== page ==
In the drama series Murder Score 70, Shirota Yuu did a complete 180 as he went from being a good looking protagonist to the still-goodlooking but mysterious and intimidating antagonist, Hiroshi Tanaka. As Tanaka, Shirota Yuu made the protagonist’s (played by Miura Haruma) life a living hell, all the while not showing the tiniest bit of emotion except for a few sinister smiles and taunting chuckles.

#3. Satoshi Ohno

Good Boy

Satoshi Ohno is the leader of the iconic boyband Arashi, and aside from being a celebrated musician and dancer (as most idols are,) Ohno is also an accomplished actor with several award-winning performances under his belt. He is mostly typecast as a nice guy, which is due to the fact that he has a naturally cheerful face and looks unusually young for his age.

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Going Bad

In Maou, which translated to “The Devil” or “Demon King,” Ohno breaks form as instead of a charming, earnest prettyboy, he has been cast as Ryo Naruse: a lawyer that is portrayed as kind-hearted and emphatic to the plight of the poor, but who is actually machiavellian, vindictive, and vengeful. Naruse is using his wealth, power, and influence to meticulously plot the perfect revenge on people who were responsible for his younger brother’s death.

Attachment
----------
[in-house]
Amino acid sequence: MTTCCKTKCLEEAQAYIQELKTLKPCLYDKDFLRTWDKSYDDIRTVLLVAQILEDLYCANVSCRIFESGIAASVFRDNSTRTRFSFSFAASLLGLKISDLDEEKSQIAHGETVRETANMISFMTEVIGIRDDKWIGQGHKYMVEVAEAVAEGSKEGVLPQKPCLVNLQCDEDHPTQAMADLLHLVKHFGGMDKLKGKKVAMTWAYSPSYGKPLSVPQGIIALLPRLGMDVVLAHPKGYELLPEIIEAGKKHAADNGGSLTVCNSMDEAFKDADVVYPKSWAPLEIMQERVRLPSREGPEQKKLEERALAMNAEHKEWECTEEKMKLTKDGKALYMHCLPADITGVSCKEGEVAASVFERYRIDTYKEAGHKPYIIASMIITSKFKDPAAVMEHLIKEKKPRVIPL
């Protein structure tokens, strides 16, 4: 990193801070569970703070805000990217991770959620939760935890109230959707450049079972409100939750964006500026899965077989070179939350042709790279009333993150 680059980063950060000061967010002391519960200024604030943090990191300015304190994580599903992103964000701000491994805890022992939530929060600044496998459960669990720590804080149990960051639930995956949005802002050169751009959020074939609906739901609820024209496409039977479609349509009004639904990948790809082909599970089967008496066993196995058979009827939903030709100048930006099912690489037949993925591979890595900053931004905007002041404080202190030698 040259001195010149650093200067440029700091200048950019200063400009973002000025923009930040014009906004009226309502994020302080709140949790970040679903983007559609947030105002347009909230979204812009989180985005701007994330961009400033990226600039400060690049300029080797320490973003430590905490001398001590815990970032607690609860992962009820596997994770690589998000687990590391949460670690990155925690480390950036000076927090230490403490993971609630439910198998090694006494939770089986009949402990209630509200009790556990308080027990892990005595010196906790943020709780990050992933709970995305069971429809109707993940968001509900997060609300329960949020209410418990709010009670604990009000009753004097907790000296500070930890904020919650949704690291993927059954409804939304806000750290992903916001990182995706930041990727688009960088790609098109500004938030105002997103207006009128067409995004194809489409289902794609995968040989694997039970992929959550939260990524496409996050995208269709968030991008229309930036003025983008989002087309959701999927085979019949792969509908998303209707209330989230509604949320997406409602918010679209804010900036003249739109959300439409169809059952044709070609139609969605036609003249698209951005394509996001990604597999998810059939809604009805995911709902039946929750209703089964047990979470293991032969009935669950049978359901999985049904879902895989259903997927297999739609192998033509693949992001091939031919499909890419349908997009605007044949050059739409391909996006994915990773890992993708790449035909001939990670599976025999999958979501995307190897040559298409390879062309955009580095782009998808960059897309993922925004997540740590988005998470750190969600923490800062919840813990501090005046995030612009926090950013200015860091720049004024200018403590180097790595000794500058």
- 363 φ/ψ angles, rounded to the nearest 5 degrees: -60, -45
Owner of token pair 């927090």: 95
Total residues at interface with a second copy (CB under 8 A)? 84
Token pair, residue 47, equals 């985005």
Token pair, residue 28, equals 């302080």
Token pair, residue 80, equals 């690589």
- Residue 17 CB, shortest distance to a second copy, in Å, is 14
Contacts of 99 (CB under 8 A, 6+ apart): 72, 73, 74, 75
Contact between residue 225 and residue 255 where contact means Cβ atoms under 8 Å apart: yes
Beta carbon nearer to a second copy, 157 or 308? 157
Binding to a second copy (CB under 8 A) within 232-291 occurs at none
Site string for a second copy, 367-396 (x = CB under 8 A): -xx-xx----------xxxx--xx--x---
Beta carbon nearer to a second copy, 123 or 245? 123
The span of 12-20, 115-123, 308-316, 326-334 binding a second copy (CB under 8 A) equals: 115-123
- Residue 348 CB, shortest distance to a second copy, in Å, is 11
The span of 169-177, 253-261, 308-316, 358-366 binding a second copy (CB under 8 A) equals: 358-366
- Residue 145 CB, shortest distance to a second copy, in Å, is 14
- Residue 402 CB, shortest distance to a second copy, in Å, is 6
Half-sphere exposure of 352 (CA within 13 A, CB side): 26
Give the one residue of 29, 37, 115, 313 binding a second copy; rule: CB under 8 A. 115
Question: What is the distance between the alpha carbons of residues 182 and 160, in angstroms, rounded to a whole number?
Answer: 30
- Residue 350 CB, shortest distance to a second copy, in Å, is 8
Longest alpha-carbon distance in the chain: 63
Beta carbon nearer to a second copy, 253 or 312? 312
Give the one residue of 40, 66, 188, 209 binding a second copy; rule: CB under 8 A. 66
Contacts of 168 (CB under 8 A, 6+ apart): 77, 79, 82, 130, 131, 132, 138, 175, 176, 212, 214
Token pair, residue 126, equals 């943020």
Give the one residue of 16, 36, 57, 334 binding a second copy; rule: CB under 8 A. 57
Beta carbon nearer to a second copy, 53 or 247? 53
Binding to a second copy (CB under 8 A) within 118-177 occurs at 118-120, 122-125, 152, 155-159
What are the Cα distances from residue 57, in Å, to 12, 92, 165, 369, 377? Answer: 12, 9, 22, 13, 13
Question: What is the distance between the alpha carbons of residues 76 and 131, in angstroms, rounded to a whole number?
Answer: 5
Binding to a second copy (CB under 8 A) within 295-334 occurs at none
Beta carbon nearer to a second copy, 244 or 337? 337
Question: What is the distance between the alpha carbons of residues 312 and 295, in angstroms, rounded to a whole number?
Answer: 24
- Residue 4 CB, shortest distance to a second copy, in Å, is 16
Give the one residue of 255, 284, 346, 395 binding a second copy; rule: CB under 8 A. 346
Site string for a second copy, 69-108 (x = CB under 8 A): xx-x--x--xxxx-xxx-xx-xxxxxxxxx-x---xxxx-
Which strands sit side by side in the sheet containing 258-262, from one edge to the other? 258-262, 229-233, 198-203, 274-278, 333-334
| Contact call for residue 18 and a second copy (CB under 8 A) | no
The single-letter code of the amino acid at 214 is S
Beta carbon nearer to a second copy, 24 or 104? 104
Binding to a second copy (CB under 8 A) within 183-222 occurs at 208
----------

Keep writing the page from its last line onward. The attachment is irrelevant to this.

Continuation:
#4. Kazunari Ninomiya

Good Boy

Kazunari Ninomiya is tagged as the best actor in Arashi, due to having a wider range and a vast portfolio that dwarfs even pure actors’ resume (including being cast as one of the leads in Clint Eastwood’s Hollywood film, Letters from Iwo Jima.) He’s played tons of roles but people tend to remember him as a good guy due to his innocent look and somewhat perpetually young appearance.

Going Bad

Kazunari Ninomiya proved his acting prowess in Platinum Data when he went from his typical innocent good guy to a full blown villain as National Police Agency scientist Ryuhei Kagura. Without spoiling the big twist at the end, Kagura went from being a gifted and promising scientist in charge of DNA analysis, to a fugitive who’s no longer sure whether he actually committed a crime or was just being framed.

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#5. Hideaki Takizawa

Good Boy